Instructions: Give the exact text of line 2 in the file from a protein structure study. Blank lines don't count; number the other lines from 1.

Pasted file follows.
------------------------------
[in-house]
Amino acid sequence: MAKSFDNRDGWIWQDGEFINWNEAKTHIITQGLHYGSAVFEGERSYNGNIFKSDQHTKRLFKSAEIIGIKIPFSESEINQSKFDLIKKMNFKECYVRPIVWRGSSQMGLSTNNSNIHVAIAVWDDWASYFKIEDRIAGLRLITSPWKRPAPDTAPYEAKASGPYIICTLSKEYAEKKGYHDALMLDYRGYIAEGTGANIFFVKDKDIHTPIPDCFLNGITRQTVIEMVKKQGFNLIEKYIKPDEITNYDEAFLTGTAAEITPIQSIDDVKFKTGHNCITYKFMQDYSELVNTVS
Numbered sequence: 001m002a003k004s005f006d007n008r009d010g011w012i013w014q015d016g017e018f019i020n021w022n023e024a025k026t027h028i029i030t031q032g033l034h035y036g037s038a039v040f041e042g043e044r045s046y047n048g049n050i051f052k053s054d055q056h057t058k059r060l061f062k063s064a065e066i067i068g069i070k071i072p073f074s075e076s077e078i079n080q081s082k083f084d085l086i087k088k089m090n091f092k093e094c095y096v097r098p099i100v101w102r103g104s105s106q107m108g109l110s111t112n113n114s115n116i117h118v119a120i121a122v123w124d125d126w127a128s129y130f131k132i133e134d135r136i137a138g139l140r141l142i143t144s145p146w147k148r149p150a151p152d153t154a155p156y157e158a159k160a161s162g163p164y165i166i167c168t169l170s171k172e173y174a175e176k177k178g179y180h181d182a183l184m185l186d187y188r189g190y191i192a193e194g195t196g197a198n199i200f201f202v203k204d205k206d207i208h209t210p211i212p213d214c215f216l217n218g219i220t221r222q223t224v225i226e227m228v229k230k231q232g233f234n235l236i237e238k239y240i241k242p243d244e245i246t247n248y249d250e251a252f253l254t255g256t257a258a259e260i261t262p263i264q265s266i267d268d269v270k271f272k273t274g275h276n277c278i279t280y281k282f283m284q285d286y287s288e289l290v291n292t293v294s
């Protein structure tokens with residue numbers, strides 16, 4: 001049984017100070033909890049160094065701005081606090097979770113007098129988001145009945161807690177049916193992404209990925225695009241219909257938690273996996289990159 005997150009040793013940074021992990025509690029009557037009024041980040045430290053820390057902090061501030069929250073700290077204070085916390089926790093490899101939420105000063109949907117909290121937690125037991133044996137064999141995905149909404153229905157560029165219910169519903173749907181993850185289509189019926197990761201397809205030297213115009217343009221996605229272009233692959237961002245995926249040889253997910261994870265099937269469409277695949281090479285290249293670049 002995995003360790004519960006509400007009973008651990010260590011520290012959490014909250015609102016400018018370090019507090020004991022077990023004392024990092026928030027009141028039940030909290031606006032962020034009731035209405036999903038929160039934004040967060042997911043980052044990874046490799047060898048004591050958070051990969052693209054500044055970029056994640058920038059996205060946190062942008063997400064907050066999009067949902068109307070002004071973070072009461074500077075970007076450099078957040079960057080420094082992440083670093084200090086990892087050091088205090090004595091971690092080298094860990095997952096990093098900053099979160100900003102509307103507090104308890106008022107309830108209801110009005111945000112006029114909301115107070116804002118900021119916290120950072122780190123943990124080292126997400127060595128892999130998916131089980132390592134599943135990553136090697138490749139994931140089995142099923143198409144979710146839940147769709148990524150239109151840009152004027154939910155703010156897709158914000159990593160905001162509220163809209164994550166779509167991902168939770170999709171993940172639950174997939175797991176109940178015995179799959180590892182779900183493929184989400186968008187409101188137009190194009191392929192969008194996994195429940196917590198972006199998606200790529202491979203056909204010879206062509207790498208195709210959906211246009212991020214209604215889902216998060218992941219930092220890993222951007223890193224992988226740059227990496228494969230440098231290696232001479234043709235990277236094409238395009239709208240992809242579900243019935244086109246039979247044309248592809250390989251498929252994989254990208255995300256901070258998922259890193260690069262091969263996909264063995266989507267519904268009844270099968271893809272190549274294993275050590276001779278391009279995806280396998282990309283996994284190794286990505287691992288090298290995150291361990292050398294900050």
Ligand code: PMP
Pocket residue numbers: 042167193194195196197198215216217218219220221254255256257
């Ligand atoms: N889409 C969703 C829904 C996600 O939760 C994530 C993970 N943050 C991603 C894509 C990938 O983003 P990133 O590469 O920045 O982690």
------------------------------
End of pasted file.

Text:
Amino acid sequence: MAKSFDNRDGWIWQDGEFINWNEAKTHIITQGLHYGSAVFEGERSYNGNIFKSDQHTKRLFKSAEIIGIKIPFSESEINQSKFDLIKKMNFKECYVRPIVWRGSSQMGLSTNNSNIHVAIAVWDDWASYFKIEDRIAGLRLITSPWKRPAPDTAPYEAKASGPYIICTLSKEYAEKKGYHDALMLDYRGYIAEGTGANIFFVKDKDIHTPIPDCFLNGITRQTVIEMVKKQGFNLIEKYIKPDEITNYDEAFLTGTAAEITPIQSIDDVKFKTGHNCITYKFMQDYSELVNTVS